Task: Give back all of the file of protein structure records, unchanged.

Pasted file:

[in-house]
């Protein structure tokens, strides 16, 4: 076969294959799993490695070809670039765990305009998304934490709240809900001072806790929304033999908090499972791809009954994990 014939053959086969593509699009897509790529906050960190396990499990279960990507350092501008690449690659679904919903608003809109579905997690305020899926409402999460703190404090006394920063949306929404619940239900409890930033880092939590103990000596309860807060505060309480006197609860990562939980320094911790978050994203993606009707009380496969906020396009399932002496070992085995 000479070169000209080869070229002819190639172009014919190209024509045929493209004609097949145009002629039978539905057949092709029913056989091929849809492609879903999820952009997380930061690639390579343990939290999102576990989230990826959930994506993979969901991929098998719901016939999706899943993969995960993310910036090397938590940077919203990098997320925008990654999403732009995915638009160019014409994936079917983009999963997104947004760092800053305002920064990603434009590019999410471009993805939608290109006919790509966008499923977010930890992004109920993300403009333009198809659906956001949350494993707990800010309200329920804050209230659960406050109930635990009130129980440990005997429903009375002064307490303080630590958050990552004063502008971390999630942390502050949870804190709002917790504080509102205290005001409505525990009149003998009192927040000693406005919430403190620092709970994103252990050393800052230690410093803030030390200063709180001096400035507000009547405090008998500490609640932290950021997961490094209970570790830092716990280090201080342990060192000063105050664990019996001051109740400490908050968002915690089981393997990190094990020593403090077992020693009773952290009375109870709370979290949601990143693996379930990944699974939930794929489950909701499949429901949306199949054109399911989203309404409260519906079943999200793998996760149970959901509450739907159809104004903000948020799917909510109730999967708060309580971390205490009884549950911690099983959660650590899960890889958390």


[in-house]
């Protein structure tokens, strides 16, 4: 076969294959799993490695070809670039765990305009998304934490709240809900001072806790929304033999908090499972791809009954994990 014939053959086969593509699009897509790529906050960190396990499990279960990507350092501008690449690659679904919903608003809109579905997690305020899926409402999460703190404090006394920063949306929404619940239900409890930033880092939590103990000596309860807060505060309480006197609860990562939980320094911790978050994203993606009707009380496969906020396009399932002496070992085995 000479070169000209080869070229002819190639172009014919190209024509045929493209004609097949145009002629039978539905057949092709029913056989091929849809492609879903999820952009997380930061690639390579343990939290999102576990989230990826959930994506993979969901991929098998719901016939999706899943993969995960993310910036090397938590940077919203990098997320925008990654999403732009995915638009160019014409994936079917983009999963997104947004760092800053305002920064990603434009590019999410471009993805939608290109006919790509966008499923977010930890992004109920993300403009333009198809659906956001949350494993707990800010309200329920804050209230659960406050109930635990009130129980440990005997429903009375002064307490303080630590958050990552004063502008971390999630942390502050949870804190709002917790504080509102205290005001409505525990009149003998009192927040000693406005919430403190620092709970994103252990050393800052230690410093803030030390200063709180001096400035507000009547405090008998500490609640932290950021997961490094209970570790830092716990280090201080342990060192000063105050664990019996001051109740400490908050968002915690089981393997990190094990020593403090077992020693009773952290009375109870709370979290949601990143693996379930990944699974939930794929489950909701499949429901949306199949054109399911989203309404409260519906079943999200793998996760149970959901509450739907159809104004903000948020799917909510109730999967708060309580971390205490009884549950911690099983959660650590899960890889958390």